“This is about as meaty as Will Straw sending something to the letters page of the Times.”
The Beeb have now changed their headline, offering no explanation of the clarification to readers…
The BBC’s World News America presenter Katty Kay is somewhat creatively telling US television viewers that Britons regret voting for Brexit. Last night Katty said on NBC’s Meet the Press that people didn’t really want to Leave and that Remain would win a second referendum:
“We did opinion polls afterwards that showed that, actually, if we were to hold the referendum again, Remain would win. There were people who came on the BBC who said, “You know what? I voted to leave but I didn’t actually think we were going to leave. It was a protest vote.” And I think what we’ve seen during the course of this week is the kind of simple, clarion call of change crashing up against the complexity of actually governing.”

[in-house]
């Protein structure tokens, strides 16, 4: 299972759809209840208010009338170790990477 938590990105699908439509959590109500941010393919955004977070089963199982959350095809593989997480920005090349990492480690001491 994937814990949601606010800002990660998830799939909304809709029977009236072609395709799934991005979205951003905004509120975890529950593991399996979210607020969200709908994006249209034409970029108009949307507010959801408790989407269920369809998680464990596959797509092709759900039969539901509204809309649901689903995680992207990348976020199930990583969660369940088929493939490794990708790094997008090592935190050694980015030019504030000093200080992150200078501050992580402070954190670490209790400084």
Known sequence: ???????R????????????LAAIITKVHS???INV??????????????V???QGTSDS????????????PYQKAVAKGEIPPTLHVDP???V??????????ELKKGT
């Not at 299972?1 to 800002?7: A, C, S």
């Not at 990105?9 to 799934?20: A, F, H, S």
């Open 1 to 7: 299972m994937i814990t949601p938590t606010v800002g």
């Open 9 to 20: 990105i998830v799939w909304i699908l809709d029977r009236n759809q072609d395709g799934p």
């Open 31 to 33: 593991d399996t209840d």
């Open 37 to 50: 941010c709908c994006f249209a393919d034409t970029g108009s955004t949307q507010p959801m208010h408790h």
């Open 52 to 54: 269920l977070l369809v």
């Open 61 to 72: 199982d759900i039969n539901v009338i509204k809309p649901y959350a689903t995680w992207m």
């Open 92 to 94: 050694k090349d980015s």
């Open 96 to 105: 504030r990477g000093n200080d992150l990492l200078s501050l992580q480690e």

This is for the birds, as recent YouGov polls and the pollster Matthew Goodwin have explained:
“There is scant evidence of buyer’s remorse. As the tumultuous summer of 2016 drew to a close, 52 per cent of voters still said that Brexit was the “right decision”.”
The Beeboids just don’t get it.
The BBC journalist who Guido last week revealed had called the government “new Nazis” has been suspended. BBC Look North’s Danny Carpenter, a veteran reporter and lifelong leftie, posted the ill-advised rant on his personal Facebook page in breach of the Beeb’s impartiality guidelines. A spokesman says:
“We’re taking these allegations very seriously and the journalist concerned will not be reporting for the BBC pending the outcome of our investigation.”
Even the BBC realises that its perceived impartiality might be undermined by journalists ranting about the government being “new Nazis”…